Rufus Wainwright lives a life in service to song

Nobody does it better

Rufus Wainwright
Rufus Wainwright Photo by Matthew Welch
RUFUS WAINWRIGHT, 8 p.m., Wednesday-Thursday, Feb. 7-8, Alexis & Jim Pugh Theater, Dr. Phillips Center, 445 S. Magnolia Ave., SOLD OUT

If you read anything at all about Rufus Wainwright, you'll surely run into The Quote: From Elton John's lips to God's ears, Wainwright is "the greatest songwriter on the planet." Equally crucial, though, is that Wainwright has described himself as "basically an old Jewish woman."

Mutually exclusive? Hardly. It takes both perspectives to get a sense of the man/musician/persona that is Rufus Wainwright. Both life and work exist in the funny-sad space between megalomania and self-loathing. Really, though, could anything else have been expected? The progeny of Kate McGarrigle and Loudon Wainwright III, boon companion to Leonard Cohen (and clan), devourer of all life's excesses – from cigarettes to chocolate milk. In many ways, it seems, Wainwright was born to carve out space for a performative self in the public eye.

The reality of this situation never eluded Wainwright, though, and from a young age, he was able to understand the weight of the musical dynasty into which he'd been born: woken up each morning with McGarrigle on the piano, usually Bach's Goldberg Variations; touring with a family band, the McGarrigle Sisters and Family, by the age of 13. Much has been made of the way Wainwright's parents immortalized their family life together in song – his upbringing, too, endured its fair share of musical documentation. Who needs a baby book when you could just write a folk song about your son's breast-feeding? (That would be Pa Wainwright's "Rufus Is a Tit Man," for the curious.)

In some ways it was a charmed life, but if it seems like public dirty laundry-airing may have presented challenges, it did, especially in the wake of Wainwright's parents' messy divorce and his coming out as a teenager. "When there were rumblings about my sexuality at 13 or 14, [my mother] was scared. It was 1987 and AIDS was everywhere, so I forgive her staunch, negative attitude. My father just didn't want to talk about it," he told The Guardian in 2016.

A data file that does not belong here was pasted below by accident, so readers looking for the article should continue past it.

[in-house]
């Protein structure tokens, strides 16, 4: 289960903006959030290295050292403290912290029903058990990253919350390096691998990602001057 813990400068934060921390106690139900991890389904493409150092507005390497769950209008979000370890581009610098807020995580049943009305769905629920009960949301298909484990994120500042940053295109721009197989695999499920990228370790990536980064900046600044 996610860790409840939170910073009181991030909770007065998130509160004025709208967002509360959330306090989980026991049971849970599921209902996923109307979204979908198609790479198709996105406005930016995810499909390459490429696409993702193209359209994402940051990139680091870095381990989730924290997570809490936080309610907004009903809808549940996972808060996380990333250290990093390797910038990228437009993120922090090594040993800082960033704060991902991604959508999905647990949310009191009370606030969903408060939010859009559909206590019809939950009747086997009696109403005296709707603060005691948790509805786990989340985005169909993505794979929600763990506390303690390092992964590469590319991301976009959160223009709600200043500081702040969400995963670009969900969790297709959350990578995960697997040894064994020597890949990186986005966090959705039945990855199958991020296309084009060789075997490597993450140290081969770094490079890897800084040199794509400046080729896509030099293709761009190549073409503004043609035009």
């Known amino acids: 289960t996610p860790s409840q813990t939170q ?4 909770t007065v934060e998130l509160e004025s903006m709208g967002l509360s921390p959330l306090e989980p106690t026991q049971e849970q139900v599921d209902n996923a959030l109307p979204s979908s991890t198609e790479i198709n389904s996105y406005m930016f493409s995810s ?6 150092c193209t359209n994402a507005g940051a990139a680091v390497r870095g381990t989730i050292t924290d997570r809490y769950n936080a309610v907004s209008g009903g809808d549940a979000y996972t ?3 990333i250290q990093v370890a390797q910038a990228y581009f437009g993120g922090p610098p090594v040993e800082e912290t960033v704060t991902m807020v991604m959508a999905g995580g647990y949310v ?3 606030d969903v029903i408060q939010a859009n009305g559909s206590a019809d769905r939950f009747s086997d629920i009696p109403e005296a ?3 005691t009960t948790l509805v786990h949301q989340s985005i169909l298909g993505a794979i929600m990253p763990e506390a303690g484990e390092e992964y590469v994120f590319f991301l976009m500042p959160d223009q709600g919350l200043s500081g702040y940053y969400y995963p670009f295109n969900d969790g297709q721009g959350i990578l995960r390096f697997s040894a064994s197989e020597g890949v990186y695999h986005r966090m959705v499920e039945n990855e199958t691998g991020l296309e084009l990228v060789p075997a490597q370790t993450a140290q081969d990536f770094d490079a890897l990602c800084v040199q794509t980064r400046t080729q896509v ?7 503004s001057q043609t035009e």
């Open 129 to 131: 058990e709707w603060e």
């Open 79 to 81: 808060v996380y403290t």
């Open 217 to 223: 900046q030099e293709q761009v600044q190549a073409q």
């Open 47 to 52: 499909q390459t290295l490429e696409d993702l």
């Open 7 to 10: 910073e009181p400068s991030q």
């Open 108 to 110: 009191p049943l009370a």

Like his parents before him (and his sister Martha after), Wainwright has woven together his set of struggles and a wide range of influences into the musical tapestry that's become his life's work since his eponymous debut album in 1998. Songs draw from cabaret, Gershwin standards, opera, pure pop – all aided by a brief flirtation with classical training at McGill University, a stint cut short because, as he told The Telegraph in 2015, he knew his "spark would be eliminated" if he stayed there.

Despite those admittedly-outside-the-mainstream influences – or maybe because of them – Wainwright's "spark" and his effortless tenor have commanded the attention they deserve. Beautiful songs, personal songs, songs about literature and opera and storytelling – a touch of almost-anachronistic Bohemianism amidst the noise. As he's grown older, he's tried it all: two operas, Prima Donna in 2009 and Hadrian this year; compositions for ballet; All My Love, a record which sets nine Shakespeare sonnets to music; marriage; fatherhood, even – he and childhood friend Lorca Cohen, daughter of Leonard, partnered in gloriously non- traditional parenthood and had a daughter in 2011.

The Wainwright of today is rather grown-up, a bit less indulgent, but the wholeness of his lived experience makes him all the more compelling as a solo performer. Wainwright's two nights in Orlando promise a taste of residency, maybe a hint of Judy Garland at Carnegie Hall (and Rufus Does Judy at Carnegie Hall, for that matter). Expect orchestral arrangements, his hallowed "Hallelujah" cover, and a moment or two of often-unseen intimacy.


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